If you've read some of the comments below my previous post, you'll see I've been called a lot of things — including an apologist for Adobe's new policies. If you've followed me a long time you know I tell it like I see it, and I've been around long enough that I don't mind people disagreeing with me. But I don't apologize for anyone. I'm not particularly nice, and you'll note it's virtually always someone hiding behind anonymity who types the pot-shots. Over the years I've agreed and disagreed with Adobe. I've given them my share of honest grief, and I've applauded them when they deserve it. This series is no different. It's too early to applaud or denigrate.
To get a feel for how people are reacting to the big shift to the sky, I asked the folks on one of Facebook's best private VFX groups to let me know how they feel about Adobe's move to the cloud and their new pricing base. Some of these good folks were willing to go on record about it.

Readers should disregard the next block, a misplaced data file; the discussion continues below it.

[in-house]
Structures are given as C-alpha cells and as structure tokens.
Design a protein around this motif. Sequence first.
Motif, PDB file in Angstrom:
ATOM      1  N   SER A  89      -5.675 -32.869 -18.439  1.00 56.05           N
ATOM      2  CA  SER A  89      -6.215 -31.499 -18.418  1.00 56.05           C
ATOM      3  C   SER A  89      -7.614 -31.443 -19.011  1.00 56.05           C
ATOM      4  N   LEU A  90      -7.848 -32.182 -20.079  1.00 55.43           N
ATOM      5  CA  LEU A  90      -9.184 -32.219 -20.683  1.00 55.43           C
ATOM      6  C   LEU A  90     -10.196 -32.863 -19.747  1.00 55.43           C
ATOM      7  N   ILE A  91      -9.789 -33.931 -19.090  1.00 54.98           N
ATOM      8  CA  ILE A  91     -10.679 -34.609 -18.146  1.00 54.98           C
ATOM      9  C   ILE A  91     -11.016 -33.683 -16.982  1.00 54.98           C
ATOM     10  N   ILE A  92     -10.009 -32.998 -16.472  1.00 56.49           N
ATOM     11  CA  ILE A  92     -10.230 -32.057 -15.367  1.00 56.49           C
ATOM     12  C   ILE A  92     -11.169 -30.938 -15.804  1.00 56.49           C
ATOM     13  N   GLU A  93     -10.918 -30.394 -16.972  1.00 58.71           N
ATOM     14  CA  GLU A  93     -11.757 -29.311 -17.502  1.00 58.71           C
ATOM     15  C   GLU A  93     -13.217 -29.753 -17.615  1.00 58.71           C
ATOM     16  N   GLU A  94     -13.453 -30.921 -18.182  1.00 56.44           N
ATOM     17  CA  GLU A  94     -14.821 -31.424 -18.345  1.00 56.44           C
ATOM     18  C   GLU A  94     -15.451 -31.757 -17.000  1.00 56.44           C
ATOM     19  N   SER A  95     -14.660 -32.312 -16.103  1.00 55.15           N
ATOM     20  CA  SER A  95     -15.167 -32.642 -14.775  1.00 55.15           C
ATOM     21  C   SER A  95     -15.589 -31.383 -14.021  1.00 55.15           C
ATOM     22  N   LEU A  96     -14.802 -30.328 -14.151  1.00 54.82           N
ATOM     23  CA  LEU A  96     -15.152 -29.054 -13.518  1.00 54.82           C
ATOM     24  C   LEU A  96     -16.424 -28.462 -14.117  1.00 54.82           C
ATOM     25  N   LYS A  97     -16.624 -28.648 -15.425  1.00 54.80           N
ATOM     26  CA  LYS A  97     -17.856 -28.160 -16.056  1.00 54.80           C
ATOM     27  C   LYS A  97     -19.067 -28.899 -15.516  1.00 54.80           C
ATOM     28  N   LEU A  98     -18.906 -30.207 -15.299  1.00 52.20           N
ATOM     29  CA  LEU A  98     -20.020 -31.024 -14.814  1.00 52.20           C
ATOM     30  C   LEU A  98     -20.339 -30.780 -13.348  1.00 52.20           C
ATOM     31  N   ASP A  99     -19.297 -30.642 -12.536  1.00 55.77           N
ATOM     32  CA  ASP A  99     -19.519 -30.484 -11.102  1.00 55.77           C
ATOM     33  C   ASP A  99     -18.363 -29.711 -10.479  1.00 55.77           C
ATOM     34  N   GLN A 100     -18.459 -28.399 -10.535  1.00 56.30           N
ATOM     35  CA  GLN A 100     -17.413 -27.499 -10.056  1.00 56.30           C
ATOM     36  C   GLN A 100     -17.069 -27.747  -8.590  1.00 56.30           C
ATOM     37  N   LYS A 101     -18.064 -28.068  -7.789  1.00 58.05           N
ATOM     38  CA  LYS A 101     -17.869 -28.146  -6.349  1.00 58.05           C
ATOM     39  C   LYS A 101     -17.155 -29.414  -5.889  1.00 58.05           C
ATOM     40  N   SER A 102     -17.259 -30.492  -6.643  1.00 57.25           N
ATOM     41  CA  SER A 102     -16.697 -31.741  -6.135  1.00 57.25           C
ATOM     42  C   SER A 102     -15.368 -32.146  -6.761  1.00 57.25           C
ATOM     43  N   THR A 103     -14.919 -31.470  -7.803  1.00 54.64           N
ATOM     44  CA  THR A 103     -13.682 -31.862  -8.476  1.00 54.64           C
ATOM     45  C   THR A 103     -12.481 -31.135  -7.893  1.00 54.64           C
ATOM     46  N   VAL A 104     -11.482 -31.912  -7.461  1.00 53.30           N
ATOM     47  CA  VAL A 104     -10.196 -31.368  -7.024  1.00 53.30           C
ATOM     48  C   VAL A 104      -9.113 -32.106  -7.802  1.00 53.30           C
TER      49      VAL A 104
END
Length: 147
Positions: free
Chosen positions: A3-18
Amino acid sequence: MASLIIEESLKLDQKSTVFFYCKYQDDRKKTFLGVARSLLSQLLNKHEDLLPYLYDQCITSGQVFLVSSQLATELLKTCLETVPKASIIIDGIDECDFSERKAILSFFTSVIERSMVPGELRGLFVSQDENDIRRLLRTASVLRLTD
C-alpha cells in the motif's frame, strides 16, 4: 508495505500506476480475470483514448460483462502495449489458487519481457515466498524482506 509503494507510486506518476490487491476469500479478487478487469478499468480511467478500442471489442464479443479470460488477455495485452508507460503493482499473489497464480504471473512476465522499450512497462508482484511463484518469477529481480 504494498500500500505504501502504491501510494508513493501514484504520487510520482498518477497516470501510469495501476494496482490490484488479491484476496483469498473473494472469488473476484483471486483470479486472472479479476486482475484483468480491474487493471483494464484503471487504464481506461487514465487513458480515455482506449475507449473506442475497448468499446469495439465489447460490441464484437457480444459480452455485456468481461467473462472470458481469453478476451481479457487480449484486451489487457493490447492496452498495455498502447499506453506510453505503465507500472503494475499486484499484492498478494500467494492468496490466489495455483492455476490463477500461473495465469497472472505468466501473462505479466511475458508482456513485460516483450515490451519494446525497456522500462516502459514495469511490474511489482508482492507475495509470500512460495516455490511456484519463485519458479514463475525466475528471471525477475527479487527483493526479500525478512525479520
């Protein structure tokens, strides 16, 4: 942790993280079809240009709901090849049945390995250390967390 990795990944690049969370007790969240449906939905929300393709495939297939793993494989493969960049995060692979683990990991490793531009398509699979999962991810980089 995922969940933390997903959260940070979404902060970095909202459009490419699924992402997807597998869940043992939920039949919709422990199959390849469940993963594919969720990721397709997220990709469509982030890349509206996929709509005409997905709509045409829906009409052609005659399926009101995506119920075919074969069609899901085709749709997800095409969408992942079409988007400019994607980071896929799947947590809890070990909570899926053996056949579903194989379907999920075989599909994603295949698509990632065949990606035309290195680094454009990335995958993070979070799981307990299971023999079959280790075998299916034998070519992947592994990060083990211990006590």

The first to respond was my longtime friend, the legendary Ron Thornton. This pioneer has been around since the beginning and I expected Ron might go conservative and object to Adobe's paradigm shift. But here's what Ron actually said: “I've been a CC subscriber for quite a while now. I'm totally willing to go on the record for you. I have to admit I'm very pro CC. I like it a lot, and the access is really great. Teaching guys 3D modeling and texturing, we utilize Photoshop with the Quixel plug ins dDo and nDo. Also some motion graphics in After Effects. Of course Premiere Pro for editing and some Illustrator for graphics and layout." (My note…these plug-ins from Quixel are worth a look if you haven't seen them yet. Excellent for creating quick, quality 3D materials.)
Another friend of mine who would rather remain anonymous to you but whom I know well, and respect, said: “Adobe is trying to unilaterally reset the terms by which it does business with users. (Perhaps because its revenue streams are going to dry up as users just use the same, incredibly sophisticated version of Photoshop for years and years to come instead of paying for expensive new versions with sometimes dubious upgrade value.) And that's not going to sit well with people. But on a practical level, it's $50 a month. Or $80 for the team version. I have to think pro users are objecting on principal, rather than out of a legitimate fear that they can't afford the subscription.”